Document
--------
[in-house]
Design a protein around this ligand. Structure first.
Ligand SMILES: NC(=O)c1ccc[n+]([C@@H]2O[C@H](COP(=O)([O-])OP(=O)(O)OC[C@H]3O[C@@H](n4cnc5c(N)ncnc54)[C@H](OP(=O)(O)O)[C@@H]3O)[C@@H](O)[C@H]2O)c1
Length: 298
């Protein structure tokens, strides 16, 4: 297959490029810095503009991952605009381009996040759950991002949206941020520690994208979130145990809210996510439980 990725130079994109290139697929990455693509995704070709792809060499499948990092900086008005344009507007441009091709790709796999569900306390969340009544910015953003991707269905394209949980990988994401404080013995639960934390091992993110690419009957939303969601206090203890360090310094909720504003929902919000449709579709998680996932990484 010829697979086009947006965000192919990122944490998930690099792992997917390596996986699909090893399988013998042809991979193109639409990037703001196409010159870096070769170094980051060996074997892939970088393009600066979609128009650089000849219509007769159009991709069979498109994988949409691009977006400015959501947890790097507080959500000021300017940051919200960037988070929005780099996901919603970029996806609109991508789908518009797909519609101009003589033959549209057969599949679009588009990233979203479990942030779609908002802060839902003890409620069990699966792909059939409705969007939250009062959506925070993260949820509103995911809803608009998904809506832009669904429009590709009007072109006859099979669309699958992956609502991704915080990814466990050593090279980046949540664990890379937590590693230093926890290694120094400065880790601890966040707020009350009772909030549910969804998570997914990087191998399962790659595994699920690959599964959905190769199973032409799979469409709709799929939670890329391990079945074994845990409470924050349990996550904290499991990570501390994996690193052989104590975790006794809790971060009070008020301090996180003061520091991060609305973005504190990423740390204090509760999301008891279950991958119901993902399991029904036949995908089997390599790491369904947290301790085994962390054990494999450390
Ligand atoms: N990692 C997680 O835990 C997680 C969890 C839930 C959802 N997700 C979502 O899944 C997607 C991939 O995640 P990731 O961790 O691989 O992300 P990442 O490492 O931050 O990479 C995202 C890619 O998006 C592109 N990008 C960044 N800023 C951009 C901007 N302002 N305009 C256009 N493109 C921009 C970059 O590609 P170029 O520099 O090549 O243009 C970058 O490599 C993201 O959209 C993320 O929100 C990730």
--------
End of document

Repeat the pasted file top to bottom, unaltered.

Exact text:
[in-house]
Design a protein around this ligand. Structure first.
Ligand SMILES: NC(=O)c1ccc[n+]([C@@H]2O[C@H](COP(=O)([O-])OP(=O)(O)OC[C@H]3O[C@@H](n4cnc5c(N)ncnc54)[C@H](OP(=O)(O)O)[C@@H]3O)[C@@H](O)[C@H]2O)c1
Length: 298
């Protein structure tokens, strides 16, 4: 297959490029810095503009991952605009381009996040759950991002949206941020520690994208979130145990809210996510439980 990725130079994109290139697929990455693509995704070709792809060499499948990092900086008005344009507007441009091709790709796999569900306390969340009544910015953003991707269905394209949980990988994401404080013995639960934390091992993110690419009957939303969601206090203890360090310094909720504003929902919000449709579709998680996932990484 010829697979086009947006965000192919990122944490998930690099792992997917390596996986699909090893399988013998042809991979193109639409990037703001196409010159870096070769170094980051060996074997892939970088393009600066979609128009650089000849219509007769159009991709069979498109994988949409691009977006400015959501947890790097507080959500000021300017940051919200960037988070929005780099996901919603970029996806609109991508789908518009797909519609101009003589033959549209057969599949679009588009990233979203479990942030779609908002802060839902003890409620069990699966792909059939409705969007939250009062959506925070993260949820509103995911809803608009998904809506832009669904429009590709009007072109006859099979669309699958992956609502991704915080990814466990050593090279980046949540664990890379937590590693230093926890290694120094400065880790601890966040707020009350009772909030549910969804998570997914990087191998399962790659595994699920690959599964959905190769199973032409799979469409709709799929939670890329391990079945074994845990409470924050349990996550904290499991990570501390994996690193052989104590975790006794809790971060009070008020301090996180003061520091991060609305973005504190990423740390204090509760999301008891279950991958119901993902399991029904036949995908089997390599790491369904947290301790085994962390054990494999450390
Ligand atoms: N990692 C997680 O835990 C997680 C969890 C839930 C959802 N997700 C979502 O899944 C997607 C991939 O995640 P990731 O961790 O691989 O992300 P990442 O490492 O931050 O990479 C995202 C890619 O998006 C592109 N990008 C960044 N800023 C951009 C901007 N302002 N305009 C256009 N493109 C921009 C970059 O590609 P170029 O520099 O090549 O243009 C970058 O490599 C993201 O959209 C993320 O929100 C990730």